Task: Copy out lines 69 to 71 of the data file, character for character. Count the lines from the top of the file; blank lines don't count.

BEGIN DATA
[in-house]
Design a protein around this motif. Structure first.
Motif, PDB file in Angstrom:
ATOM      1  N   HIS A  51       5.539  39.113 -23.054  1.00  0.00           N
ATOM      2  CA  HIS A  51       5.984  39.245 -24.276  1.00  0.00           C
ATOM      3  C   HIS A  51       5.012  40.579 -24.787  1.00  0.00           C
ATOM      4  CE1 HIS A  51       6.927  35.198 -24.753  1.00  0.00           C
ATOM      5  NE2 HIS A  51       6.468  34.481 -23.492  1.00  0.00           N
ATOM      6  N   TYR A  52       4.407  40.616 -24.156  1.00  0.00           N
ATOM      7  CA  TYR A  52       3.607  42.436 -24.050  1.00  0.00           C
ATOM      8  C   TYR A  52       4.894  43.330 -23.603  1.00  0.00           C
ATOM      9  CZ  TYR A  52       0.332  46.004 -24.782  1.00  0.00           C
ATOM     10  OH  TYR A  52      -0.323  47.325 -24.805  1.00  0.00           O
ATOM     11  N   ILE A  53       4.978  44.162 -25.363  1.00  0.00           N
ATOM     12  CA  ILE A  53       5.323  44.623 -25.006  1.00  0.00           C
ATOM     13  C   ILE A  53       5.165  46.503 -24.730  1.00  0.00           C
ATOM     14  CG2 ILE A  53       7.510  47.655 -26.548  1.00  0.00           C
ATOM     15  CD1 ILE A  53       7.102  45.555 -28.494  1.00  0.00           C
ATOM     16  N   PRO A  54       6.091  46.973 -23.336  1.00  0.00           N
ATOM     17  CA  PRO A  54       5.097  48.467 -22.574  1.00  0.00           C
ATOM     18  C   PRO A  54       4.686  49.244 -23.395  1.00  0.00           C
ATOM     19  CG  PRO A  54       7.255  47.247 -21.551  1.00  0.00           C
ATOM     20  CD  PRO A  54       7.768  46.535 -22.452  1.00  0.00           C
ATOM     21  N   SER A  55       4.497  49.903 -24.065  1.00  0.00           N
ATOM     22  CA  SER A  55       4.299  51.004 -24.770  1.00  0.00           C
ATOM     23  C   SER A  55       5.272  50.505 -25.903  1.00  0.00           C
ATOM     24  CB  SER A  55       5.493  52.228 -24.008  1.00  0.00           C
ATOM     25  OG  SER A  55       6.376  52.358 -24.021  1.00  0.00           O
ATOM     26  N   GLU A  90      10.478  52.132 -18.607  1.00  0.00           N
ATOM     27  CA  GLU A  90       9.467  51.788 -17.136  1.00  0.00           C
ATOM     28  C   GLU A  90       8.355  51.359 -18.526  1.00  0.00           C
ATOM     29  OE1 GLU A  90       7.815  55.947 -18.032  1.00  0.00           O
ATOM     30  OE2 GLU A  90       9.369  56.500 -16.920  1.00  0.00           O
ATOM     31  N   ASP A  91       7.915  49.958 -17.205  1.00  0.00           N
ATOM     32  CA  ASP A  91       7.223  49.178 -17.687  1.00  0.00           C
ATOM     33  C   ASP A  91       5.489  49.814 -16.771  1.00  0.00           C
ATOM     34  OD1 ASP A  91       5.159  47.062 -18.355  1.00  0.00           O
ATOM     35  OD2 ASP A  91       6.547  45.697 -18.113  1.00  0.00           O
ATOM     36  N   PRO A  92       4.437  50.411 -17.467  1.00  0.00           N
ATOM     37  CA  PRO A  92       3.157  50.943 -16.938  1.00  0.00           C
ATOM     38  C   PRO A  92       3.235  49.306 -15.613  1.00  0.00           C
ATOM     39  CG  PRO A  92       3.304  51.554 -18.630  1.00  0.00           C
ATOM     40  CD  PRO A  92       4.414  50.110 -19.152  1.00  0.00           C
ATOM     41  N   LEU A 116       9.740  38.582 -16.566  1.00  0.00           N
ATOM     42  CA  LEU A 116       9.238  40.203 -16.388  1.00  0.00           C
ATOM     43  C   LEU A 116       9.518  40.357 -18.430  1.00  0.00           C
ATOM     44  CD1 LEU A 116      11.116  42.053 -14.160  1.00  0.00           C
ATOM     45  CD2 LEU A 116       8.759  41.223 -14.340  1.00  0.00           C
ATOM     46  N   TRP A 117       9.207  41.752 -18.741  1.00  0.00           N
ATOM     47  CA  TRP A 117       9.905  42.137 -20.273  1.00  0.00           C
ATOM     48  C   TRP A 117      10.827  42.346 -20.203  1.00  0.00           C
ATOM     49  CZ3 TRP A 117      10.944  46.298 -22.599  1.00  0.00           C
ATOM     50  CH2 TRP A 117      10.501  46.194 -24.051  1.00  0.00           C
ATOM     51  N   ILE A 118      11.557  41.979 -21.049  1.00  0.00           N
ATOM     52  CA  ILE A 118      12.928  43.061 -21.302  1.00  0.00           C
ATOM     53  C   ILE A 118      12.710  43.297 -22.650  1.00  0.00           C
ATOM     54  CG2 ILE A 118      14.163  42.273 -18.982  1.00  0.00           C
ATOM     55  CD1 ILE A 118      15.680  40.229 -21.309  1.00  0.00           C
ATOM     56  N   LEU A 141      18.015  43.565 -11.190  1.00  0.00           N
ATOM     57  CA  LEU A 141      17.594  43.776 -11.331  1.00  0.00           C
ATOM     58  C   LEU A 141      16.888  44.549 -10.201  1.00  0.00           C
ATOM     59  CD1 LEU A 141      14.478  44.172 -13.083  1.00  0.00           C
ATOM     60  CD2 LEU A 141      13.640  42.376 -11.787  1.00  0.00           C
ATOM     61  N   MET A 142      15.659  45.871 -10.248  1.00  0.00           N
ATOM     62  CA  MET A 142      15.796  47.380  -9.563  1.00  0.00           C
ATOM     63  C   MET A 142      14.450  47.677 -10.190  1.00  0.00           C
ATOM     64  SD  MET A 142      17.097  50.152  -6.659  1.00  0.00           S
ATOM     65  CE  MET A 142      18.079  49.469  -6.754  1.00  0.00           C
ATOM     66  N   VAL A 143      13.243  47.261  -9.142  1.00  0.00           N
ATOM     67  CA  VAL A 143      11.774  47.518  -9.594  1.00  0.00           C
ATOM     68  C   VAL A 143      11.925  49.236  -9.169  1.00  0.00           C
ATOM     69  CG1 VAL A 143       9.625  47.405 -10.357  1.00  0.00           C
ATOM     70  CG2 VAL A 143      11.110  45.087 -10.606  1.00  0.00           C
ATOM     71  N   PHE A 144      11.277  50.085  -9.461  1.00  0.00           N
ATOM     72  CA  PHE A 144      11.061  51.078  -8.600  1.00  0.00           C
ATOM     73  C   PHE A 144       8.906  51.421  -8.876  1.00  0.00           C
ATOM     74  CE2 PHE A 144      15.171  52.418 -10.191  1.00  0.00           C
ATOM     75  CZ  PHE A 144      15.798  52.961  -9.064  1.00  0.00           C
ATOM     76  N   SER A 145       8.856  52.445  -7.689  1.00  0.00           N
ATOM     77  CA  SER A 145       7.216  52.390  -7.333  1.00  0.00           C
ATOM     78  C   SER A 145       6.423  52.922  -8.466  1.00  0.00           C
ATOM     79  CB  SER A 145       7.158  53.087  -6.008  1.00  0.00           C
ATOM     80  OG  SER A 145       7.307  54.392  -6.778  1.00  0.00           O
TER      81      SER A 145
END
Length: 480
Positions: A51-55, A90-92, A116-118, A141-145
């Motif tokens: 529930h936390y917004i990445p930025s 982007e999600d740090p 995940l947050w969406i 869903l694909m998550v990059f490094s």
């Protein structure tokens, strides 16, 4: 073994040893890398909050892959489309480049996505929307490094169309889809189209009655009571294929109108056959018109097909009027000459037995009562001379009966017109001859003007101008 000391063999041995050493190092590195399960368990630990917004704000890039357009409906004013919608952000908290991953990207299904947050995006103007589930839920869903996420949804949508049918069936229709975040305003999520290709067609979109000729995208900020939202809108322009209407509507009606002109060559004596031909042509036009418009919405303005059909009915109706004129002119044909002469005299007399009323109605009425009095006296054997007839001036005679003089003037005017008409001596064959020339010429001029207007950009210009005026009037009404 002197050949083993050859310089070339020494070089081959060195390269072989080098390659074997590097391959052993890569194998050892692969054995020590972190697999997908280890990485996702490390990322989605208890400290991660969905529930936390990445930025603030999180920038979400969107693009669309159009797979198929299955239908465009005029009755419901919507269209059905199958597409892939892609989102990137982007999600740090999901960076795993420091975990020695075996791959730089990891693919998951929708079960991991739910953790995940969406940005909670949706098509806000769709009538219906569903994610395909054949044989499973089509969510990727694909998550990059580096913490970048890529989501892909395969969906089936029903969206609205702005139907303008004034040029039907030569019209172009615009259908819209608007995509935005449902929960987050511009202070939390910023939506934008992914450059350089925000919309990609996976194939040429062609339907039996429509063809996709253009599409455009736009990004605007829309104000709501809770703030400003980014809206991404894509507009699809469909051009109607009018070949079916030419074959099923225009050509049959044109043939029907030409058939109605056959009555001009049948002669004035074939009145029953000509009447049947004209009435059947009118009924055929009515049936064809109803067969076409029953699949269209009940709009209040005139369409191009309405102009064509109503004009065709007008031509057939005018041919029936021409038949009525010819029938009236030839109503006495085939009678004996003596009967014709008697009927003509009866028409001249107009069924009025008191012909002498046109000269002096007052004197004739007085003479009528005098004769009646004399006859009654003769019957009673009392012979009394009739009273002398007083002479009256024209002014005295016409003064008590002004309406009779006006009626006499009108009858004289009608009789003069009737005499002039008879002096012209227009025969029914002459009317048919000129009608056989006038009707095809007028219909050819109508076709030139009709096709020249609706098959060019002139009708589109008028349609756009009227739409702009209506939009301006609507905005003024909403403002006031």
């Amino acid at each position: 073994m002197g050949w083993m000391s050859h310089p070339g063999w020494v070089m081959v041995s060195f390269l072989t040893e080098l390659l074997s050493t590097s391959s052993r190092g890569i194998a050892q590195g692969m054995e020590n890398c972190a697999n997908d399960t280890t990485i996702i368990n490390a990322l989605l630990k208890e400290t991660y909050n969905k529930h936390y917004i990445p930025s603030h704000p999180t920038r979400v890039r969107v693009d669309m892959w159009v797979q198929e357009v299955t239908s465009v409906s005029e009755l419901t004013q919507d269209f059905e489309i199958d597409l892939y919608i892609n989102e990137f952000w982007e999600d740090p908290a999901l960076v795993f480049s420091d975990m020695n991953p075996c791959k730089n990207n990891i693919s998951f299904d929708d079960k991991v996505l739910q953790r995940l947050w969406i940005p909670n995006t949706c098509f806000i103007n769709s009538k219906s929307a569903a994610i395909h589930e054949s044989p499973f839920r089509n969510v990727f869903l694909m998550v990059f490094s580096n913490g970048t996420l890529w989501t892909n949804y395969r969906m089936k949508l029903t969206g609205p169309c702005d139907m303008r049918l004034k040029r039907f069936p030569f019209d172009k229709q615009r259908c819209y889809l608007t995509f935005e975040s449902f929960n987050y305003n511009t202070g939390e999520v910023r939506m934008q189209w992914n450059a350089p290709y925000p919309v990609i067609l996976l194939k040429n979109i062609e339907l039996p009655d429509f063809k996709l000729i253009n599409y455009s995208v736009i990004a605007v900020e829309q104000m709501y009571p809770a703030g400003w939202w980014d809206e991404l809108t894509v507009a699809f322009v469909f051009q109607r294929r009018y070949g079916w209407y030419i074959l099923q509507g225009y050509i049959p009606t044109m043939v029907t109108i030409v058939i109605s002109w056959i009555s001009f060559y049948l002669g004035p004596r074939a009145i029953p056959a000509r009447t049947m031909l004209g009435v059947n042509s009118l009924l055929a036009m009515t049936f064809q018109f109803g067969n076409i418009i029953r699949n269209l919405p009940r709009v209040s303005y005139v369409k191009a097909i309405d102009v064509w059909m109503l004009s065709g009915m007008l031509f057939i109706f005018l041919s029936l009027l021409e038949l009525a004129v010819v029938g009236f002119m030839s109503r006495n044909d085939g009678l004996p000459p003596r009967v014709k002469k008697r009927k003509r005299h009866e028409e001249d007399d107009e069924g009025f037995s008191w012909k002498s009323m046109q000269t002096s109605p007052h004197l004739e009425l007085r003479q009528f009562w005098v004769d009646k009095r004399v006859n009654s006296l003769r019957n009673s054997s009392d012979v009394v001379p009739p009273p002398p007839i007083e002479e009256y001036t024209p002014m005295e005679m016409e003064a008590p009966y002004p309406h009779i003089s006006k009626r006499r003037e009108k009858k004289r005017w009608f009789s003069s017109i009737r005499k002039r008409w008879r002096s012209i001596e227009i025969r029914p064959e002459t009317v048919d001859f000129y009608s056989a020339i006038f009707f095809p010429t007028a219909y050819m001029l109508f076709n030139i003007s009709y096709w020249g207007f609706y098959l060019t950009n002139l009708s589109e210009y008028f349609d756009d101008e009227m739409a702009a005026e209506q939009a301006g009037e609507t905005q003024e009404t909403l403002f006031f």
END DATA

ATOM     66  N   VAL A 143      13.243  47.261  -9.142  1.00  0.00           N
ATOM     67  CA  VAL A 143      11.774  47.518  -9.594  1.00  0.00           C
ATOM     68  C   VAL A 143      11.925  49.236  -9.169  1.00  0.00           C